Q-School is the acid test, but it’s not a definitive indication of a player’s ability. Glen Durrant is the obvious example. The three-time BDO world champion only just sneaked a Tour Card 12 months ago via the Q-School Order of Merit, yet his pedigree was beyond reproach.
He silenced any lingering doubters immediately by reaching the final in his second Pro Tour event and after winning two ranking titles coupled with reaching three major televised semi-finals, ‘Duzza’ will deservedly be a permanent fixture in this year’s Premier League.
Nevertheless, whilst the cream rose to the top with several proven winners confirming their status as PDC professionals for the next two years, this year’s Qualifying School provided further illustration that reputations count for nothing in the modern game.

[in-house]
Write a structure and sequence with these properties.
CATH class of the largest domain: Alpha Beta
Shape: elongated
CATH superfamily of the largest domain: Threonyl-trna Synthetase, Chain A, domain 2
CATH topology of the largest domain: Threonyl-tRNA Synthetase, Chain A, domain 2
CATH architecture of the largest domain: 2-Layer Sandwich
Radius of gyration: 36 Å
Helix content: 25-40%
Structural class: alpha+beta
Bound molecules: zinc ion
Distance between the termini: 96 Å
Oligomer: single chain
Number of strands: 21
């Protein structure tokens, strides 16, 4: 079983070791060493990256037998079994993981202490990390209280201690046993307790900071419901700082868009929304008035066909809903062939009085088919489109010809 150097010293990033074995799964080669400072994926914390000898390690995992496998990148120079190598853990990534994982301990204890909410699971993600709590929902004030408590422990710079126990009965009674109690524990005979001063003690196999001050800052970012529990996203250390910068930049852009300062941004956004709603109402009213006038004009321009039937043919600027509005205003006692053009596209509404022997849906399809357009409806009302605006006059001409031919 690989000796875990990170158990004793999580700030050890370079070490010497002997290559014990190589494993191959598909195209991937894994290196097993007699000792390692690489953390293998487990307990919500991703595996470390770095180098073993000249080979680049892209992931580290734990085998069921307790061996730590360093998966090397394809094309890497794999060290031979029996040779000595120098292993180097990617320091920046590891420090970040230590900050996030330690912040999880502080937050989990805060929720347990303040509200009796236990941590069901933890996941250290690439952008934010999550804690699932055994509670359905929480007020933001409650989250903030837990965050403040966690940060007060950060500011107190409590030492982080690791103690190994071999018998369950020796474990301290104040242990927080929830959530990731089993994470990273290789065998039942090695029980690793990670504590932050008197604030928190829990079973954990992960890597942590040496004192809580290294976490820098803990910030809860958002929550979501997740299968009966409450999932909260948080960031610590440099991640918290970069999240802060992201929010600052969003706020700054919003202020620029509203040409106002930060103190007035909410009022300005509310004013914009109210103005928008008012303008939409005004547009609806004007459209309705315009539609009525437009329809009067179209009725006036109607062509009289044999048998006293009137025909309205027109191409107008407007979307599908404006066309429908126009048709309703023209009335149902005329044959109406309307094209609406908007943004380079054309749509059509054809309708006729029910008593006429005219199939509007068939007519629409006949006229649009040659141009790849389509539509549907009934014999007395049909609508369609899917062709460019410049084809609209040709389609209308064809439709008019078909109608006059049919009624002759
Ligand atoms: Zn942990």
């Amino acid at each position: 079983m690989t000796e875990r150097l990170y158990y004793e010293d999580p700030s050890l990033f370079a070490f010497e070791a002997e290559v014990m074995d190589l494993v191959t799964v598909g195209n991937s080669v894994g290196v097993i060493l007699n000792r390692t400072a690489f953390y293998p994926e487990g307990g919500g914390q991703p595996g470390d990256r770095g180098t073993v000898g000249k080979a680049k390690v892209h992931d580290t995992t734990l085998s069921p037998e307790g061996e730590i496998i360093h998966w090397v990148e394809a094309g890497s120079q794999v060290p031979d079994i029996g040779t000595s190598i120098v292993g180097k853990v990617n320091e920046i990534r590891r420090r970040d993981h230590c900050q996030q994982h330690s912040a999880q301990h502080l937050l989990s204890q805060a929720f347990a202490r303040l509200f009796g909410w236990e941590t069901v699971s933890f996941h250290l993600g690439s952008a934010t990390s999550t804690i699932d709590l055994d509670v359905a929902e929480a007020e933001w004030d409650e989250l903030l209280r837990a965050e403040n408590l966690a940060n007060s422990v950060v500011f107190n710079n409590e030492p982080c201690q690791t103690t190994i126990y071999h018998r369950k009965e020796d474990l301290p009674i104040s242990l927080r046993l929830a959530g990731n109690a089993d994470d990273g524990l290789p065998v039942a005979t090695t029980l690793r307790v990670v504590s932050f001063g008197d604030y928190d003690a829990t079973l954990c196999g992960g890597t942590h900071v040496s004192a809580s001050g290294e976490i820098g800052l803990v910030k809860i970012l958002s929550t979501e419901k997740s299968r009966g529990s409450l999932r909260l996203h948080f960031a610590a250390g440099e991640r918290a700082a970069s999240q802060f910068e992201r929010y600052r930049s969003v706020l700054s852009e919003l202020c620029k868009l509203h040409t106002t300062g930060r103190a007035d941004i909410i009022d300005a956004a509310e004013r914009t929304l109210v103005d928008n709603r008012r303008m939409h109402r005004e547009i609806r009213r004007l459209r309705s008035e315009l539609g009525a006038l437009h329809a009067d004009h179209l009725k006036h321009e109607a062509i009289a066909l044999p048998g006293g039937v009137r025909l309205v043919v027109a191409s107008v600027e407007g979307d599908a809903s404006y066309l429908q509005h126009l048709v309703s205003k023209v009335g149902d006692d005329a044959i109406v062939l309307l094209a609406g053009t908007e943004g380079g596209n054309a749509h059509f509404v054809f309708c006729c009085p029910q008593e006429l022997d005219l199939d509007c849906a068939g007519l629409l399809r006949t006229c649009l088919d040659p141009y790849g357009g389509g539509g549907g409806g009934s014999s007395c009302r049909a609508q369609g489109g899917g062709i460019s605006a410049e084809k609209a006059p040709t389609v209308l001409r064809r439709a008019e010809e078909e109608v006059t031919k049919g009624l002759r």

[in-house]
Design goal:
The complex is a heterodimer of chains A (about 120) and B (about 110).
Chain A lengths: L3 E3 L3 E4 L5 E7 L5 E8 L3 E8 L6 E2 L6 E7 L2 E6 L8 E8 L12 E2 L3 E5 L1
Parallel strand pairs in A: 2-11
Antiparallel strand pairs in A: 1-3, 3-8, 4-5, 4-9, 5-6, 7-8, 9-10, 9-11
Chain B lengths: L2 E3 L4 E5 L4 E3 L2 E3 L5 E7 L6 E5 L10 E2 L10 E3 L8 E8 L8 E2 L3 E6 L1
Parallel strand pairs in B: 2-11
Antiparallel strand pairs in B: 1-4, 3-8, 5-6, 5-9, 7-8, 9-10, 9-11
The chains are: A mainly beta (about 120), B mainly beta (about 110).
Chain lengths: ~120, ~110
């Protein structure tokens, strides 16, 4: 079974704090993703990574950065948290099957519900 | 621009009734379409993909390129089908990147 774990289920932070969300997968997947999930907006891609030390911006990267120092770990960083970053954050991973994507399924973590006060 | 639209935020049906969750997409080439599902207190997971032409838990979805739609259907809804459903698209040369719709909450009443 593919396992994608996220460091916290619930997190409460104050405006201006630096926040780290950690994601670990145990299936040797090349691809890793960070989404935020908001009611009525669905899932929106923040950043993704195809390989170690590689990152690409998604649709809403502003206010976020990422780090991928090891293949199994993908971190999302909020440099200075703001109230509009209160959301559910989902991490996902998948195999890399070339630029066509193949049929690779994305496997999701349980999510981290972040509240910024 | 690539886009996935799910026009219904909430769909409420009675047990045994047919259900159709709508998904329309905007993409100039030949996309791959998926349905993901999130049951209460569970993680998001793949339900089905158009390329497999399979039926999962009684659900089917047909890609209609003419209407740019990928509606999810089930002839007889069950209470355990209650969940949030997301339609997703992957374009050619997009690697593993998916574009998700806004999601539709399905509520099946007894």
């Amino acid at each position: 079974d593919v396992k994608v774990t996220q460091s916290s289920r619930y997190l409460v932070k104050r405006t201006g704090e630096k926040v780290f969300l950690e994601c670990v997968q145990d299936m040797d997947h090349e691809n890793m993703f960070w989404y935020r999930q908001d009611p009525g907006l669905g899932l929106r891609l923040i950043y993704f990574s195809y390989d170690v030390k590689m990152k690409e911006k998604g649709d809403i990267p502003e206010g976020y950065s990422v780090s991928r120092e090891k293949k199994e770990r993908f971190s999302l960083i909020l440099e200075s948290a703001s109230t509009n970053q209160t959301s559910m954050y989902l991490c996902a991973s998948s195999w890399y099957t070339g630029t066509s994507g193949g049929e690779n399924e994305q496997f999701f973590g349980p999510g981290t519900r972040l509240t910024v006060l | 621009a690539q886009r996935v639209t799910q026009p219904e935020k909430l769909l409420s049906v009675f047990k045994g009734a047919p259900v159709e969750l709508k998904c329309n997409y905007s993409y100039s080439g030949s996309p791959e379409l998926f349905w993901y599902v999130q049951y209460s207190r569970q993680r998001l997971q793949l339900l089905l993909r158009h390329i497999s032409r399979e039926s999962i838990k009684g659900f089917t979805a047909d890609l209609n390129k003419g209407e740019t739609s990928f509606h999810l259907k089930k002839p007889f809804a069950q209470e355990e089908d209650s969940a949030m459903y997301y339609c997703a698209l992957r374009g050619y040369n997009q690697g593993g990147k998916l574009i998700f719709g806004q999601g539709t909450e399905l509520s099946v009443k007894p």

The changing of the guard within the sport has been fast-tracked with the departures of Phil Taylor and Raymond van Barneveld, and the conveyor belt of talent coming through are not fazed by the prospect of facing such big names. In fact, they relish the opportunity to claim a notable scalp.
For those more seasoned, there is greater scrutiny and jeopardy- the consequences of defeat can be far more damaging. That’s the harsh reality of sport and a massive factor as to why Qualifying School has increasingly become one of the most anticipated tournaments on the darting calendar.
Photo Credit: Lawrence Lustig/PDC